Audio & Podcasts

Me & Him & WHO – Audio Drama Review

Cometh the hour, cometh the man. 2023 sees the triumphal return of Russell T. Davies, to once again take up the reins of Doctor Who. A truly larger than life character, someone who knows how to court publicity, having cast multiple Doctors in his time, and is steering the programme through a landmark anniversary.

Once upon a Time Lord, however, there just so happened to be somebody else who would have easily fit that exact same description. Step forward, John Nathan-Turner (or ‘JN-T’, as he was more commonly known), producer of Doctor Who for a decade. Master of the PR machine, he knew exactly how to chase column inches, wringing every last drop of attention out of the show with stunts and gimmicks which would get valuable press exposure. Big name guest stars were always good to get the limelight, with JN-T equating it to being like the celebs lining up to appear with Morecambe & Wise.

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In a classic bit of mischief, when Tom Baker came to depart from the series, the duo came up with the focus pulling idea that the next Doctor could be a woman, JN-T doing nothing to disabuse the assembled media hordes of that notion. For better or worse, Nathan-Turner also played to fandom, but it ultimately proved to be a fatal mistake, as the show began to bask in continuity, in a period when most old episodes were inaccessible and in a pre-Internet age. Pandering to the fans risked alienating the regular TV audience, and the move also backfired as fandom began to bite the hand that fed it.

Social media would have almost seemed like the very stuff of science fiction itself back in the mid-‘80s, yet even without it, vicious campaigns were still able to be waged against the beleaguered producer, with him having the blame for Doctor Who being put on an 18-month hiatus, for a reduced annual episode count, and – eventually – for the programme being axed altogether. Yes, John Nathan-Turner would go down in infamy as the man who killed Who. Sadly, he never got to see its rebirth under Russell T. Davies in 2005, as he passed away three years earlier, aged just 54.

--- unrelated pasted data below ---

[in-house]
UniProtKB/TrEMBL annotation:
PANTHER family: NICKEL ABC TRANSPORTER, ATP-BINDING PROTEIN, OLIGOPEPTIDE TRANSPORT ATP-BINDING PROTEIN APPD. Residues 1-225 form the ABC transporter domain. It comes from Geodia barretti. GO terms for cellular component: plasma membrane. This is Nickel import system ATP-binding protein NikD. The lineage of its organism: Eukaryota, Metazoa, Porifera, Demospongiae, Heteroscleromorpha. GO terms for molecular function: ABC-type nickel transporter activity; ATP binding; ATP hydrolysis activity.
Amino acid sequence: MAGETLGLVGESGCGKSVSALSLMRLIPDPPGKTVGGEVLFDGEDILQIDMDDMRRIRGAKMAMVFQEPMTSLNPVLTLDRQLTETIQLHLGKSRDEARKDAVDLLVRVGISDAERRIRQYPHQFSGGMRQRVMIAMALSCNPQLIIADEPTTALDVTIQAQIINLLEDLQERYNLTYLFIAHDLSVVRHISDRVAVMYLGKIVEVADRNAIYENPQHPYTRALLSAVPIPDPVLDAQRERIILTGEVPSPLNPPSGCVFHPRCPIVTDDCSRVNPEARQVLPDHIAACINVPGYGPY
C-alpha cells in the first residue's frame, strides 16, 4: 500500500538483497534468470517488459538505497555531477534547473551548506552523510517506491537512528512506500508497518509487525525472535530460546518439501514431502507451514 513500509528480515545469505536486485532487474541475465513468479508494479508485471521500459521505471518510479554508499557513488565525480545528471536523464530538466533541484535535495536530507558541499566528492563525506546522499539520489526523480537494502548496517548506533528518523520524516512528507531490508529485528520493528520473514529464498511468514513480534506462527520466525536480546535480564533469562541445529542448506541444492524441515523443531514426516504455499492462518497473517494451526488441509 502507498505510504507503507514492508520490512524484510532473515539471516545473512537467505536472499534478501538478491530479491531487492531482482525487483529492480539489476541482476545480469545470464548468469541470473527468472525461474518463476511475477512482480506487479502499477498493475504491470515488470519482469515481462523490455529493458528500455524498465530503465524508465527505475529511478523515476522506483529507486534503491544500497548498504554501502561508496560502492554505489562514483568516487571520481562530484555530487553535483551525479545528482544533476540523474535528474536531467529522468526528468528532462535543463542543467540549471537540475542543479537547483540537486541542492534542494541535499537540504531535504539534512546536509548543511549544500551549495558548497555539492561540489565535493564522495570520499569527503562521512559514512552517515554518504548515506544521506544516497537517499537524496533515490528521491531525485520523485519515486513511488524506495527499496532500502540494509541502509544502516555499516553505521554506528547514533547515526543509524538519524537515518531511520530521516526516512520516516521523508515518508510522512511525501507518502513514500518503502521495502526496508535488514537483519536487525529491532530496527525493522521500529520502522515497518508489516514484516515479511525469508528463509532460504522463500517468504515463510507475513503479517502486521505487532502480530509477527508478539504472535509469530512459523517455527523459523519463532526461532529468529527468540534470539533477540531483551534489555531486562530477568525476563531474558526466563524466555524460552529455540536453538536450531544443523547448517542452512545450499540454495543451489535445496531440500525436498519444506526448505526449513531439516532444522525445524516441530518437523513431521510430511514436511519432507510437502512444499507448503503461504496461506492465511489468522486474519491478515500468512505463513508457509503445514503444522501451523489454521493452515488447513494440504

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A new audio drama from AUK Studios studies the turbulent last few years of Nathan-Turner’s life, seeing his glory days behind him as he struggles to find gainful employment, as well as with the deteriorating health of both himself and his longtime partner, Gary Downie, who had worked under JN-T on the show as a production manager. Me & Him & WHO is a drama about the sad decline of a man who never really got his dues in life, having been cruelly spurned not only by the fanbase he sought to please, but also the organisation – the BBC – to whom he had devoted his professional life, only to find there was no place for him anymore.

Like Davies, Nathan-Turner was gay, but he felt his sexuality counted against him amongst the stuffed shirts on the Sixth Floor of Television Centre, along with his predilection to don loud, flamboyant Hawaiian shirts, rather than wearing more conventional business attire. The play focuses upon JN-T’s attempts to write his autobiography – his memoirs ended up being published in audio form, read by the man himself, and released by Big Finish. A biography by Richard Marson was later published, and the more salacious details were to ironically draw unwelcome press notices about the man who had once made the media dance to his tune.